As much as I hate to say this, but I VERY much agree. A lot of the jobs are either outsourced to India or taken by illegal immigrants. Seriously, if you can’t be in this country LEGALLY then get out. As for those outsourcing the jobs, I hope you get taxed to high hell so that way you are FORCED to come back here and hire people you grimey bastards.

  3. pecan 3.14159265 says:

    Are they factoring Census jobs into this as well?

    • bonzombiekitty says:

      According to the NYT article, about 60,000 of the jobs reported are census jobs

      • bonzombiekitty says:

        oops, I mean 66,000

        • jayphat says:

          If that’s true, that’s a crap number then. You can’t claim real job growth when over 20% of the new jobs are only going to last 6 months, and are being paid for by the government.

          • Tightlines says:

            In other words, you can’t claim job growth when 80% of the jobs are private sector? That doesn’t make sense.

          • evnmorlo says:

            The government is a large employer. If it adds jobs it’s not wrong to include them. Of course that statistic like the government’s index of inflation based on Chinese imports do become mostly meaningless.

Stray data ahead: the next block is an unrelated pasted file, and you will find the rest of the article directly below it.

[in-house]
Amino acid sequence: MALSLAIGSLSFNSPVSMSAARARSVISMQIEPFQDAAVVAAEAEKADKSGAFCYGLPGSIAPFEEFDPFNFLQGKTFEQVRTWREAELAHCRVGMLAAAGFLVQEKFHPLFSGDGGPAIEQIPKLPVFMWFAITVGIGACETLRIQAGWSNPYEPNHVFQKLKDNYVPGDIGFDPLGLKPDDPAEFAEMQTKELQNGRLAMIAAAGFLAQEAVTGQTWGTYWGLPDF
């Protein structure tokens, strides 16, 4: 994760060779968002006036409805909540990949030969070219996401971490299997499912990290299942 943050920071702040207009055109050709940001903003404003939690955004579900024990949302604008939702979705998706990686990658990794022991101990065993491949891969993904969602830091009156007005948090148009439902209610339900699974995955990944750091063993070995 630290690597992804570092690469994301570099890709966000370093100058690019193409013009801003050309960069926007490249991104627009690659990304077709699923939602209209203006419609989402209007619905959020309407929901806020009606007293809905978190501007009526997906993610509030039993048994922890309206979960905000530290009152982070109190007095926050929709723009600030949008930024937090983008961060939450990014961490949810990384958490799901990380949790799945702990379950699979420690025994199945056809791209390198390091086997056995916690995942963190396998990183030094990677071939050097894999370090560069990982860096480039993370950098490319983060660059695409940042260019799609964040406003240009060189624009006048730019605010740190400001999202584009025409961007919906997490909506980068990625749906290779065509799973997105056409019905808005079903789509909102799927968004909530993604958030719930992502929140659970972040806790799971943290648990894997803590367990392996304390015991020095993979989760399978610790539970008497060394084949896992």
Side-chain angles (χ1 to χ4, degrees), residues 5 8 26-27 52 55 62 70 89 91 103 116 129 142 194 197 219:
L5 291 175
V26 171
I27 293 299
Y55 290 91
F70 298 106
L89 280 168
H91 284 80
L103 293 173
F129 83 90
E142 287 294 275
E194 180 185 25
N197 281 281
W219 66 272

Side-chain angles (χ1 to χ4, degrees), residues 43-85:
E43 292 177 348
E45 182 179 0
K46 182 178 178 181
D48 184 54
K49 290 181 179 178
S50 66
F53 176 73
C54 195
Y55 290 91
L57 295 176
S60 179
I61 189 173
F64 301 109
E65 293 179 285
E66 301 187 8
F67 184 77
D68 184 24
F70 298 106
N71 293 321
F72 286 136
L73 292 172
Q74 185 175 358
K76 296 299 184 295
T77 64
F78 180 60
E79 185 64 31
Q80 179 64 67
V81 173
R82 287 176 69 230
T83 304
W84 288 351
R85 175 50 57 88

• eligiblebachelor says:

        Yea but the Census guy just sent a letter to his “600,000 new colleagues”…..makes you wonder.

        http://blogs.census.gov/2010census/2010/05/a-note-to-my-600000-new-colleagues.html

        Fun fact, unemployed workers from the government collected Double, yes 2 times regular unemployment if they work for the government for about 1 year. Which many Census workers will by the time they get laid off.

    • leprechaunshawn says:

      I hope not. It doesn’t seem fair to count temporary jobs that are “created” every 10 years regardless of the economy.

      • YoorCriptonite says:

        This explains a good portion of it. These government positions can take applications for well over a year before hiring. 23% of these new jobs were temp – census jobs.

    • solkanar512 says:

      Yes, but most of the Census jobs were in March.

  4. milrtime83 says:

    This is why underemployment (around $17%) is a better indicator. I’m guessing the government uses unemployment because it makes the problem seem like it isn’t as bad as it really is.

    • Blackadar says: